As we mentioned before, from time to time we like to highlight top comments or posts that garner additional discussion among our readers. SBM writer Tunde recently authored just such a post when he asked if a man can be a feminist. In response to Tunde’s question and to the theme of a number of other comments, @FeministaJones of FeministaJones.com provided the following response.
@FeminstaJones: I think the biggest issue in discussions of feminism are that the hyperbolic stereotypes of the White, wealthy, liberal female activists of the 1970s are applied to sistas who have also been rejected and pushed aside by those women. I think if we can move away from painting Black feminist women as new wave “bra burners” (bras were never burned, btw) who seek to destroy the “Black Man”, we might be able to have a more productive conversation. I also think we should contextualize the practical applications of feminism and how these applications have not only helped Black women, but also Black men.
My first exposure to feminism was via Salt-N-Pepa. I like that the author referenced Joan Morgan’s book on “hip hop feminism”, though I find her a bit campy and anecdotal lol. I appreciate her at least bringing the idea forward. I find bell hooks to be similarly anecdotal, but again, she has a very good way of capturing the love the Black women have for men coupled our desires to be respected and treated fairly within our homes and communities. I think, sometimes, taking the more anecdotal approach rather than a theoretical one can help with understanding.
Practical applications of feminism:
Voting- Women are now allowed to vote in elections and were KEY in President Obama’s election and re-election. Without feminism, women would not be able to cast their votes and he might not have won his post. In local elections, women turn out in support of local candidates who seem to care more about issues specific to their smaller communities. Candidates need those votes.
Contracts- As late as the late 1970s, women weren’t universally allowed to sign their own contracts (credit card agreements, loans, mortgages, utility bills, etc). Surely you can understand why a woman being able to have her own cell phone contract or internet bill is important? Why it is important for a woman to be able to sign her own lease for an apartment or apply for a car loan on her own? Or…cosign for yours if you’re in need of that help?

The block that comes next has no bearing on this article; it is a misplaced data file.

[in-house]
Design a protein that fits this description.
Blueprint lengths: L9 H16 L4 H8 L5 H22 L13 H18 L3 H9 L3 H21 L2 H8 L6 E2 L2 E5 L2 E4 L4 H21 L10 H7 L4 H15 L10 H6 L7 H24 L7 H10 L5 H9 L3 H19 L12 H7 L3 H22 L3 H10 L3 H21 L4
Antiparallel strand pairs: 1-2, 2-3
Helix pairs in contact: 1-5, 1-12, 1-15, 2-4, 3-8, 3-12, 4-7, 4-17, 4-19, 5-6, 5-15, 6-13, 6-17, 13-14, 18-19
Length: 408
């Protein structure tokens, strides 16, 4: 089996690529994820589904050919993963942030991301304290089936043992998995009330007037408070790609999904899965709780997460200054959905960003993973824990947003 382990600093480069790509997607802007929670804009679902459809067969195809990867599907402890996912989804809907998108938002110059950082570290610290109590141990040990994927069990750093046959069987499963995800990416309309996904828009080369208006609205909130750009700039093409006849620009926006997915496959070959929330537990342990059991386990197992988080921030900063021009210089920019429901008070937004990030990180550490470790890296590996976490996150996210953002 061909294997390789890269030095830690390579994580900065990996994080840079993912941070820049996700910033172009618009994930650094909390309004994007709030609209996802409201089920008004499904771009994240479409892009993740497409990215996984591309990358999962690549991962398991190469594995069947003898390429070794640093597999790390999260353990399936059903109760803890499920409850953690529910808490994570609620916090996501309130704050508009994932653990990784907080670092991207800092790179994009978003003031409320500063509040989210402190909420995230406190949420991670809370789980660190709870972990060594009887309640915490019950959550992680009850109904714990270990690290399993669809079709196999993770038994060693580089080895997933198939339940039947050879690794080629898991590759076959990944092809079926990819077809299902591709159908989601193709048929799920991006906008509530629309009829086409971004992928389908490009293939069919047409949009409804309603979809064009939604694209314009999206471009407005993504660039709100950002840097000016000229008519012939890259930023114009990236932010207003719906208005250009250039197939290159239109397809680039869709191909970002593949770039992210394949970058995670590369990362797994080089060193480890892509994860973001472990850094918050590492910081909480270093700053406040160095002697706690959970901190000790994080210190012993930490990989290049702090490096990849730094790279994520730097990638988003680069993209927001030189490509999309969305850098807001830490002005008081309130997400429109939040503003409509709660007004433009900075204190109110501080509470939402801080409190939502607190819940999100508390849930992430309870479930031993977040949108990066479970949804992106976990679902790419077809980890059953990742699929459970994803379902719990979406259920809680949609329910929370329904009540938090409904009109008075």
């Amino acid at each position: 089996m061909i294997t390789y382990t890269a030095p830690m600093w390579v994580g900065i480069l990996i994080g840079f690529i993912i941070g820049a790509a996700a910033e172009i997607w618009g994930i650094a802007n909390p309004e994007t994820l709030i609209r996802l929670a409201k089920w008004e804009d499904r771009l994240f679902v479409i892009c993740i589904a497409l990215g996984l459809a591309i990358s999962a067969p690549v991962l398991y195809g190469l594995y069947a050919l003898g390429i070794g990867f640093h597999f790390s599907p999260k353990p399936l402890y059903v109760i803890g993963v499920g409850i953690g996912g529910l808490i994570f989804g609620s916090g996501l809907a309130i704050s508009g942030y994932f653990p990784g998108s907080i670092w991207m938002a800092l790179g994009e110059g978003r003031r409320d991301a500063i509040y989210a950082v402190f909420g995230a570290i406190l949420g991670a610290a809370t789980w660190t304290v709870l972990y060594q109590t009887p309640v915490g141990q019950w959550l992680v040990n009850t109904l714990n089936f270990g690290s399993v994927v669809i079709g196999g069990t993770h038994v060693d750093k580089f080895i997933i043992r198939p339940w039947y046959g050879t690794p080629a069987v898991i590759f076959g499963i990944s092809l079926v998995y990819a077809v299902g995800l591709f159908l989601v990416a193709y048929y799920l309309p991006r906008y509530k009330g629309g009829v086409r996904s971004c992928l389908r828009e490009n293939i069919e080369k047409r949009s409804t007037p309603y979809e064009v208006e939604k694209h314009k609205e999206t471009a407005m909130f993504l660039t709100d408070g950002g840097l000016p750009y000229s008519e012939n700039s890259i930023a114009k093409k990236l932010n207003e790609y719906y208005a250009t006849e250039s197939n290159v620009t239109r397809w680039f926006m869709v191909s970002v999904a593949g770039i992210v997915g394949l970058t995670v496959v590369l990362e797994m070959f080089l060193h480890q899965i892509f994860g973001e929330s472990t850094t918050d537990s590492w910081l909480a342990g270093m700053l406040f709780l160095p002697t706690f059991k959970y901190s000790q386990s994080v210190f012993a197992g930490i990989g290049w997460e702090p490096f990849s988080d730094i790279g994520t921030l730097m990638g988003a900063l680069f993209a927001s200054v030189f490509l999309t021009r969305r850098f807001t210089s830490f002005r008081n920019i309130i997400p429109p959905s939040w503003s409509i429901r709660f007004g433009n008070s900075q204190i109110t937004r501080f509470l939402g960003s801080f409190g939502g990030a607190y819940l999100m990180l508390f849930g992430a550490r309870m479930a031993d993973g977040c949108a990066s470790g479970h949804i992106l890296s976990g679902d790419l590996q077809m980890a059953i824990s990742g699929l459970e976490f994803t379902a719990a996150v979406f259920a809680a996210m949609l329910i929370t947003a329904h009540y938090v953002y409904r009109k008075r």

Healthcare– For men who have children with women to whom they are not married, it is important for women to have access to their own health coverage that can also cover their children. I read a report that most children born out of wedlock who have health insurance get it through their mothers. Without feminism, women wouldn’t be able to obtain the kind of work that provides that coverage, they wouldn’t be able to enter into the agreements without male cosignature, and your children might not have solid health insurance. Also, they need the coverage for the costs of birthing these children.
Economic– feminism helped women be able to open businesses and become active contributors to the economy. Women business owners provide great services that sometimes men overlook as being valuable: dining, aesthetic care, accounting, child care, event planning, retail, etc. Without feminism, women would be unable to get small business loans to open their businesses, they would not be able to provide these services that we all rely upon.
Banking– women were not allowed to have their own bank accounts and credit cards. How are we supposed to pay for the dates that we’re told we need to go dutch on or cover if we invite men? How are we to pay for gifts that make you smile? How can we order your favorite NFL season passes online or get season tickets for your favorite basketball games without having access to our own bank accounts/debit and credit cards?
Violence Protection– Brothers, you have mothers, sisters, aunts, and daughters who are susceptible to violence at any time. Feminism has fought for laws that protect women from violence, harassment, rape, etc. If you’re pro-woman, you would support legislation that keeps us safe when we walk down the streets so that we can come back home to you safely. How would you feel if your daughter’s husband slapped her and she cried to you? Well not even 30 years ago, he could do that and it would be acceptable as long as he didn’t punch her. And now? It’s still hard as hell to get support for that. I suppose you could take it into your own hands, but wouldn’t you feel better knowing there are laws that can punish such a man for hurting the women you love?
All of these, and MANY more progressive acts that benefit all of us, were made possible by the feminism movement and the efforts of women of all races. Black women have our own narrative and we face struggle being Black and being women. It’s been difficult to watch some brothers advocate for fair treatment of Black people but then mistreat the women in their lives. If you feel feminism is a threat to your manhood or standing as a man, I hate to tell you but…you’re incorrect.
These seem like noble goals and accomplishments that both sexes benefit from, so why is it that men and women, especially women who self-identify as feminist, often find themselves in constant conflict with one another?